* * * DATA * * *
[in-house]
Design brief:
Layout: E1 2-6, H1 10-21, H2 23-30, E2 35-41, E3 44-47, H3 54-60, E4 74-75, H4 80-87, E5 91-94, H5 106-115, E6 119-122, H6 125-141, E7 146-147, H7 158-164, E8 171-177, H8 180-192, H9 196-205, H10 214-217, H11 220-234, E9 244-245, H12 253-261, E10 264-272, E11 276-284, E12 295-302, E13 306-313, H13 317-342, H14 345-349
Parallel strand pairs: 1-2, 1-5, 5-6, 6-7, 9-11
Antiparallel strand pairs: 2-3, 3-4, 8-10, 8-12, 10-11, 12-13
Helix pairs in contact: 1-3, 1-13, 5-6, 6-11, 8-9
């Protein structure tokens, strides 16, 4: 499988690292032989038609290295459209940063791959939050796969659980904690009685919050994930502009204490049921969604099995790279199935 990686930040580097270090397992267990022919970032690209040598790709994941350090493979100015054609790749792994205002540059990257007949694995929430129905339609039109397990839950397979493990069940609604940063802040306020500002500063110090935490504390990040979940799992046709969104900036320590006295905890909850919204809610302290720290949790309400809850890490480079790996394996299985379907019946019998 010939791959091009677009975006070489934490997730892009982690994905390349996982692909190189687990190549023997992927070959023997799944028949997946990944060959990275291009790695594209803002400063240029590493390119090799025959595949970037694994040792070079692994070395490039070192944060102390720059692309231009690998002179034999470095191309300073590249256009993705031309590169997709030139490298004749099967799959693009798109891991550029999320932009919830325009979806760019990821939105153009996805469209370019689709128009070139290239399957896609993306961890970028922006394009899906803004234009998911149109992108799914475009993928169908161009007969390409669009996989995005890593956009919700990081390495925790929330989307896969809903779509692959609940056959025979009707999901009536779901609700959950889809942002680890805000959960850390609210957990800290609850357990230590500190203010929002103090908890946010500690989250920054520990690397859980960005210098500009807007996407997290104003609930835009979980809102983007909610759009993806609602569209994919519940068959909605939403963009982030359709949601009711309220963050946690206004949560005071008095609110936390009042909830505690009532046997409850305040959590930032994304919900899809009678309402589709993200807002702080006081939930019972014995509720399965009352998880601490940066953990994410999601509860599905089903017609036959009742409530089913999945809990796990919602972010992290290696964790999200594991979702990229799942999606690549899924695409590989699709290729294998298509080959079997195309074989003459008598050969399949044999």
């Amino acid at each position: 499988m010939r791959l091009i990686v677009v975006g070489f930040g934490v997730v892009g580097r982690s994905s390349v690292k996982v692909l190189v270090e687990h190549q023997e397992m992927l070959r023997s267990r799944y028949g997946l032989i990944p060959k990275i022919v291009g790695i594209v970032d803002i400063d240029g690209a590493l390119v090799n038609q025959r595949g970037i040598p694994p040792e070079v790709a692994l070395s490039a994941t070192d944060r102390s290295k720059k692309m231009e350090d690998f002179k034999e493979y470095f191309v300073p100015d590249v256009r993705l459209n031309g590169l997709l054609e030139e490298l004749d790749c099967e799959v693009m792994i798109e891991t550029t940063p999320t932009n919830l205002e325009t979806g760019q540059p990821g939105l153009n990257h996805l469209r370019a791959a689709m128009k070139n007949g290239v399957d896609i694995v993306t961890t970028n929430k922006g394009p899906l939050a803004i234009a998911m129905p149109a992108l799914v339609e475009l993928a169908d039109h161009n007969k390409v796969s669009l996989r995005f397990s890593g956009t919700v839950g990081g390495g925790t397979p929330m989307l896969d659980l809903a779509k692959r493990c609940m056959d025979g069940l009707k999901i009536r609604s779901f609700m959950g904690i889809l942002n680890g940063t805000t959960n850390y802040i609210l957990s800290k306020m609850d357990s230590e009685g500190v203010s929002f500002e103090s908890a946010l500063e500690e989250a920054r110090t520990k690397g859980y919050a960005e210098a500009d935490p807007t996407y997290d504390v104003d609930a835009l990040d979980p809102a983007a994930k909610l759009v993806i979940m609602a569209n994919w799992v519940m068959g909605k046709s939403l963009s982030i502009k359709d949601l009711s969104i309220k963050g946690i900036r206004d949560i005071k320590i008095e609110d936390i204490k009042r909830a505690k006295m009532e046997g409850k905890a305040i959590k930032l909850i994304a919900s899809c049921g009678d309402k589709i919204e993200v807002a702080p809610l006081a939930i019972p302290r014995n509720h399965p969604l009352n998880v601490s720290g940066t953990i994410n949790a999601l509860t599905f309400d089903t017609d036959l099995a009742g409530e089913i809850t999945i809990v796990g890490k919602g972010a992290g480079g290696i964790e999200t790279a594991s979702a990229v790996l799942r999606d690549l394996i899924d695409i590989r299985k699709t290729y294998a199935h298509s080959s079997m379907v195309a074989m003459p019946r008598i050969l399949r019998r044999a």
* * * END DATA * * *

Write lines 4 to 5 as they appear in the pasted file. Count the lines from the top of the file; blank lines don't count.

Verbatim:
Parallel strand pairs: 1-2, 1-5, 5-6, 6-7, 9-11
Antiparallel strand pairs: 2-3, 3-4, 8-10, 8-12, 10-11, 12-13